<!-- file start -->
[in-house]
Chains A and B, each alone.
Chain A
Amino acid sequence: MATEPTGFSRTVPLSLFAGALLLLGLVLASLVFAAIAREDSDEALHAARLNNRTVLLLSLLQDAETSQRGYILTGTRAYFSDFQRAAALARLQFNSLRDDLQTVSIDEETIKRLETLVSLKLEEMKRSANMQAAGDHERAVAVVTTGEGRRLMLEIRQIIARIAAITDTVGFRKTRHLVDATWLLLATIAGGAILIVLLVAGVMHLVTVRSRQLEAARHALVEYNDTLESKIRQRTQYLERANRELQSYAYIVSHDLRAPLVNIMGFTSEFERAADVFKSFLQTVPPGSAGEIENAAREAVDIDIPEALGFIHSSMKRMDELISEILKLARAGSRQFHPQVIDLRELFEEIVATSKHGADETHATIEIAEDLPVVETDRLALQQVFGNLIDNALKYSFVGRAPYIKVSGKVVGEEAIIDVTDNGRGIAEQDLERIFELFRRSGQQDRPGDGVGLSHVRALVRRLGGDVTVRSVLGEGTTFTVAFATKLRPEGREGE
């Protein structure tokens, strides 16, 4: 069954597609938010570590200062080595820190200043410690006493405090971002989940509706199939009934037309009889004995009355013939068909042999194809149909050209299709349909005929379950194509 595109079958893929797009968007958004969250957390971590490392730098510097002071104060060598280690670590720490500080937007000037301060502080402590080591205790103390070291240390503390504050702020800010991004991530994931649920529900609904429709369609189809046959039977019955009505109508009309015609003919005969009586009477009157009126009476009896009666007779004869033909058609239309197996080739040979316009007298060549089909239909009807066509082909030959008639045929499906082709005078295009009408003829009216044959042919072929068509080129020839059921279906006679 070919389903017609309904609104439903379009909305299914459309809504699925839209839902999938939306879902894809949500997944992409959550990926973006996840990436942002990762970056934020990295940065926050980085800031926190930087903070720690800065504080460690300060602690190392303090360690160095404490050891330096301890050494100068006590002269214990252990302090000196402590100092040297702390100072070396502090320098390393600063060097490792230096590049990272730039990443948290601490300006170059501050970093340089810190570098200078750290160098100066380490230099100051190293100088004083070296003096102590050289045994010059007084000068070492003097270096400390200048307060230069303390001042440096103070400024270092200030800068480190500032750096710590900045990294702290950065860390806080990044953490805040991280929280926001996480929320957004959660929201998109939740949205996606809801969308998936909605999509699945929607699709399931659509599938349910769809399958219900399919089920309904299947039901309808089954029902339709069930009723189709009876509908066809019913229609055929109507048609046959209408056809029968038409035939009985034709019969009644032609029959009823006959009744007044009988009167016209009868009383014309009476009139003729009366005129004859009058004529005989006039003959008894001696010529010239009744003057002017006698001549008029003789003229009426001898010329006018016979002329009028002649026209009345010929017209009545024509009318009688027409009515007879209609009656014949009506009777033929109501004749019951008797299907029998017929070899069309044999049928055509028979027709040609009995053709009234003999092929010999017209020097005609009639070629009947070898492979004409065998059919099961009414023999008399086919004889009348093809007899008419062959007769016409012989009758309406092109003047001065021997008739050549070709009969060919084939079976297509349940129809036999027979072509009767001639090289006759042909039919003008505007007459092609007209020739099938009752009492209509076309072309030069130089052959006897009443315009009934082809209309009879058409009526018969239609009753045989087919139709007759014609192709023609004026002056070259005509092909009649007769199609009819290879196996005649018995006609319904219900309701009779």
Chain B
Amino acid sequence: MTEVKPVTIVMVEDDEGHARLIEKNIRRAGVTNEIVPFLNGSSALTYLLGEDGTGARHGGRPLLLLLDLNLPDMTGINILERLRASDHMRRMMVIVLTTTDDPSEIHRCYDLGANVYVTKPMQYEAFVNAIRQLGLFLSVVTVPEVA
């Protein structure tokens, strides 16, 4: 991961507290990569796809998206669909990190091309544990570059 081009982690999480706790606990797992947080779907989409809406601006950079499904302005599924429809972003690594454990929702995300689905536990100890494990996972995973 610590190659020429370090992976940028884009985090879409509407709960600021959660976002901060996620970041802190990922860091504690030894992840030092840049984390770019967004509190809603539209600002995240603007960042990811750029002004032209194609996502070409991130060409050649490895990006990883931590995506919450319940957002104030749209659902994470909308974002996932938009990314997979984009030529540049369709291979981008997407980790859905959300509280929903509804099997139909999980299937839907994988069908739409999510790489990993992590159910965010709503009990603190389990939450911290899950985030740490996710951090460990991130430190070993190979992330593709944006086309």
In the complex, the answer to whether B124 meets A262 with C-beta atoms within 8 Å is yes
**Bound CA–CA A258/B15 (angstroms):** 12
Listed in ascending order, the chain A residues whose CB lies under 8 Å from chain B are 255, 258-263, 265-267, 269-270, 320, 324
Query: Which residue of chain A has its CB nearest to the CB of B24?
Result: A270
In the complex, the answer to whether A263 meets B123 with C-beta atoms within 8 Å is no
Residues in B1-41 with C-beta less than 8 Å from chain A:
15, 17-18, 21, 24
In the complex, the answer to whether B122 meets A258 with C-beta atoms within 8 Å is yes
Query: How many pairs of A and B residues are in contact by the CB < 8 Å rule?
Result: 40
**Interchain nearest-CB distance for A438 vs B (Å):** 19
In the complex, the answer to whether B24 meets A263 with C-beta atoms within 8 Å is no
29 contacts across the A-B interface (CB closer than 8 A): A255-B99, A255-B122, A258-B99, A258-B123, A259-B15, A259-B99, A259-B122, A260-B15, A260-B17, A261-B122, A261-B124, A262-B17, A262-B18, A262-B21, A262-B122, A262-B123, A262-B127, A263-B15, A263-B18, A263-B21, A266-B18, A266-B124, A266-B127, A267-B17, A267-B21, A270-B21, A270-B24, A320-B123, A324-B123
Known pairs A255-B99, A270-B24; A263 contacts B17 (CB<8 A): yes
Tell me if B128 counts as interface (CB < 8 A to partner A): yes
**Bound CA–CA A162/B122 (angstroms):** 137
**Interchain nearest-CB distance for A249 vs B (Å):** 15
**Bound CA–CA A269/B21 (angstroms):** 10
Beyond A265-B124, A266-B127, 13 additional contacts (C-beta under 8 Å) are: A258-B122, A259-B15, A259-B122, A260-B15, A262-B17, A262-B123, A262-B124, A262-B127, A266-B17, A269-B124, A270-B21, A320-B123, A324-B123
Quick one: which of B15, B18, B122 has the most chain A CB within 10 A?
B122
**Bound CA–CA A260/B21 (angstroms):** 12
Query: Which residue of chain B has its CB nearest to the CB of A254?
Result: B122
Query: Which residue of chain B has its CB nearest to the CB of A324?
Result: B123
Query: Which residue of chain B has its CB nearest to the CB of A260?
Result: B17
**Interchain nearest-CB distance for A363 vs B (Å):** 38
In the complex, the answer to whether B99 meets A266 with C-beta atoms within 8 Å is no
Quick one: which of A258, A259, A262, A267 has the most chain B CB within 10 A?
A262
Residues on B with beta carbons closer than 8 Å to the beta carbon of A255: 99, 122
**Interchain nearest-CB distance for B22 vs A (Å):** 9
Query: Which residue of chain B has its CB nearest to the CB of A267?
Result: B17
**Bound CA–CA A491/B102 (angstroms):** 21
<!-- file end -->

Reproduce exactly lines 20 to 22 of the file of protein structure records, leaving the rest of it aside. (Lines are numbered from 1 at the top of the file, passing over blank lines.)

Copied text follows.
**Interchain nearest-CB distance for A438 vs B (Å):** 19
In the complex, the answer to whether B24 meets A263 with C-beta atoms within 8 Å is no
29 contacts across the A-B interface (CB closer than 8 A): A255-B99, A255-B122, A258-B99, A258-B123, A259-B15, A259-B99, A259-B122, A260-B15, A260-B17, A261-B122, A261-B124, A262-B17, A262-B18, A262-B21, A262-B122, A262-B123, A262-B127, A263-B15, A263-B18, A263-B21, A266-B18, A266-B124, A266-B127, A267-B17, A267-B21, A270-B21, A270-B24, A320-B123, A324-B123